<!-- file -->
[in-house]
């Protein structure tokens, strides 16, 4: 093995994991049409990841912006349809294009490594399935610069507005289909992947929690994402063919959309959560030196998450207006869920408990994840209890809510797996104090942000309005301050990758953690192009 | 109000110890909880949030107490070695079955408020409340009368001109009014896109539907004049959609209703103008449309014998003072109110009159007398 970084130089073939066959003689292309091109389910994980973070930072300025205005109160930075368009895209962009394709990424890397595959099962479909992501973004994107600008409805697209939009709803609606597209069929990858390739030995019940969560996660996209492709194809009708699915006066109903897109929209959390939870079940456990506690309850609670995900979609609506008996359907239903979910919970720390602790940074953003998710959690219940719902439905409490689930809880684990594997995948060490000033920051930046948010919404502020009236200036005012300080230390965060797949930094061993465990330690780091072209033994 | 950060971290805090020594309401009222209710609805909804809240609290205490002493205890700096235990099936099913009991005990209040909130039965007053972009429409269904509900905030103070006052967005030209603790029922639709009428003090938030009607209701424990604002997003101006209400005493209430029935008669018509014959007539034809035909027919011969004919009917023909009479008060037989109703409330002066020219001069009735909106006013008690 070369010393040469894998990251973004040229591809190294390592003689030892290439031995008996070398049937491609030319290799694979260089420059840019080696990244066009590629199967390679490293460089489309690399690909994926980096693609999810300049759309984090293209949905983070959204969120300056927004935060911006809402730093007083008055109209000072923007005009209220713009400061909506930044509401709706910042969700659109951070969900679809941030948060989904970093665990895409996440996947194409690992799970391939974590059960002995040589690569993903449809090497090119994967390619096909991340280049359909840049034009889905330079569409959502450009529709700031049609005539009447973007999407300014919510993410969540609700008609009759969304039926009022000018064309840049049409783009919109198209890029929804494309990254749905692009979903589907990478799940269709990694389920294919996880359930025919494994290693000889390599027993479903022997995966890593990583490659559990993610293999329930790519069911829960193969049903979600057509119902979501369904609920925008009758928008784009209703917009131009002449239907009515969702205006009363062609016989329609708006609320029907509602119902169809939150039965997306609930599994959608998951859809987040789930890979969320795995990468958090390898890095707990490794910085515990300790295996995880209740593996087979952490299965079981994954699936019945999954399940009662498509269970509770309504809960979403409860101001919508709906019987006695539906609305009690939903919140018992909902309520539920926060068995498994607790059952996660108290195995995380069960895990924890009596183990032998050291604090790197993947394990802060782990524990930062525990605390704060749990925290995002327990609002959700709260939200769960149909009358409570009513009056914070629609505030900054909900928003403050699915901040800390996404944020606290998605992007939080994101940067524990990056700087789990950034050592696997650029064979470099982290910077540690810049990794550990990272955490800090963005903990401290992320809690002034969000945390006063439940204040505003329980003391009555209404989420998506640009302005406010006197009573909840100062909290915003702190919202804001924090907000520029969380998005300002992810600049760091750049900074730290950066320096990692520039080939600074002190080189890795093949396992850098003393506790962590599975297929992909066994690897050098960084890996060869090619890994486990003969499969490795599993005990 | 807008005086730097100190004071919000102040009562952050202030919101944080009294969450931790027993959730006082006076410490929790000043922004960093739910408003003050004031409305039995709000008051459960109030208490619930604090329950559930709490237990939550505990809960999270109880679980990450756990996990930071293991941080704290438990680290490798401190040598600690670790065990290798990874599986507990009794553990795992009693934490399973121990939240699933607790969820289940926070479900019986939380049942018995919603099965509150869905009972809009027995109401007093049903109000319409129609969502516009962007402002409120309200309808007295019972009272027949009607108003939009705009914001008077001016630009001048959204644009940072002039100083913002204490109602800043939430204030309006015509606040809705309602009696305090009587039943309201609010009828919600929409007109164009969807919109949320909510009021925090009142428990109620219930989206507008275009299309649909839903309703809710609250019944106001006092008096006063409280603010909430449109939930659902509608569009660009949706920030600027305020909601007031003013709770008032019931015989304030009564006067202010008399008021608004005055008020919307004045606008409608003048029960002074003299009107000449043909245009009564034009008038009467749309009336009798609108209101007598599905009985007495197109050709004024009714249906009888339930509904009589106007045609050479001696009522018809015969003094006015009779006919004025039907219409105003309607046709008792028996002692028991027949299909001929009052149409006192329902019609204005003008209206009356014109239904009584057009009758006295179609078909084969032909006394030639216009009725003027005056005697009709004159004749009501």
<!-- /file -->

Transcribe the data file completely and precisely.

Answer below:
[in-house]
């Protein structure tokens, strides 16, 4: 093995994991049409990841912006349809294009490594399935610069507005289909992947929690994402063919959309959560030196998450207006869920408990994840209890809510797996104090942000309005301050990758953690192009 | 109000110890909880949030107490070695079955408020409340009368001109009014896109539907004049959609209703103008449309014998003072109110009159007398 970084130089073939066959003689292309091109389910994980973070930072300025205005109160930075368009895209962009394709990424890397595959099962479909992501973004994107600008409805697209939009709803609606597209069929990858390739030995019940969560996660996209492709194809009708699915006066109903897109929209959390939870079940456990506690309850609670995900979609609506008996359907239903979910919970720390602790940074953003998710959690219940719902439905409490689930809880684990594997995948060490000033920051930046948010919404502020009236200036005012300080230390965060797949930094061993465990330690780091072209033994 | 950060971290805090020594309401009222209710609805909804809240609290205490002493205890700096235990099936099913009991005990209040909130039965007053972009429409269904509900905030103070006052967005030209603790029922639709009428003090938030009607209701424990604002997003101006209400005493209430029935008669018509014959007539034809035909027919011969004919009917023909009479008060037989109703409330002066020219001069009735909106006013008690 070369010393040469894998990251973004040229591809190294390592003689030892290439031995008996070398049937491609030319290799694979260089420059840019080696990244066009590629199967390679490293460089489309690399690909994926980096693609999810300049759309984090293209949905983070959204969120300056927004935060911006809402730093007083008055109209000072923007005009209220713009400061909506930044509401709706910042969700659109951070969900679809941030948060989904970093665990895409996440996947194409690992799970391939974590059960002995040589690569993903449809090497090119994967390619096909991340280049359909840049034009889905330079569409959502450009529709700031049609005539009447973007999407300014919510993410969540609700008609009759969304039926009022000018064309840049049409783009919109198209890029929804494309990254749905692009979903589907990478799940269709990694389920294919996880359930025919494994290693000889390599027993479903022997995966890593990583490659559990993610293999329930790519069911829960193969049903979600057509119902979501369904609920925008009758928008784009209703917009131009002449239907009515969702205006009363062609016989329609708006609320029907509602119902169809939150039965997306609930599994959608998951859809987040789930890979969320795995990468958090390898890095707990490794910085515990300790295996995880209740593996087979952490299965079981994954699936019945999954399940009662498509269970509770309504809960979403409860101001919508709906019987006695539906609305009690939903919140018992909902309520539920926060068995498994607790059952996660108290195995995380069960895990924890009596183990032998050291604090790197993947394990802060782990524990930062525990605390704060749990925290995002327990609002959700709260939200769960149909009358409570009513009056914070629609505030900054909900928003403050699915901040800390996404944020606290998605992007939080994101940067524990990056700087789990950034050592696997650029064979470099982290910077540690810049990794550990990272955490800090963005903990401290992320809690002034969000945390006063439940204040505003329980003391009555209404989420998506640009302005406010006197009573909840100062909290915003702190919202804001924090907000520029969380998005300002992810600049760091750049900074730290950066320096990692520039080939600074002190080189890795093949396992850098003393506790962590599975297929992909066994690897050098960084890996060869090619890994486990003969499969490795599993005990 | 807008005086730097100190004071919000102040009562952050202030919101944080009294969450931790027993959730006082006076410490929790000043922004960093739910408003003050004031409305039995709000008051459960109030208490619930604090329950559930709490237990939550505990809960999270109880679980990450756990996990930071293991941080704290438990680290490798401190040598600690670790065990290798990874599986507990009794553990795992009693934490399973121990939240699933607790969820289940926070479900019986939380049942018995919603099965509150869905009972809009027995109401007093049903109000319409129609969502516009962007402002409120309200309808007295019972009272027949009607108003939009705009914001008077001016630009001048959204644009940072002039100083913002204490109602800043939430204030309006015509606040809705309602009696305090009587039943309201609010009828919600929409007109164009969807919109949320909510009021925090009142428990109620219930989206507008275009299309649909839903309703809710609250019944106001006092008096006063409280603010909430449109939930659902509608569009660009949706920030600027305020909601007031003013709770008032019931015989304030009564006067202010008399008021608004005055008020919307004045606008409608003048029960002074003299009107000449043909245009009564034009008038009467749309009336009798609108209101007598599905009985007495197109050709004024009714249906009888339930509904009589106007045609050479001696009522018809015969003094006015009779006919004025039907219409105003309607046709008792028996002692028991027949299909001929009052149409006192329902019609204005003008209206009356014109239904009584057009009758006295179609078909084969032909006394030639216009009725003027005056005697009709004159004749009501």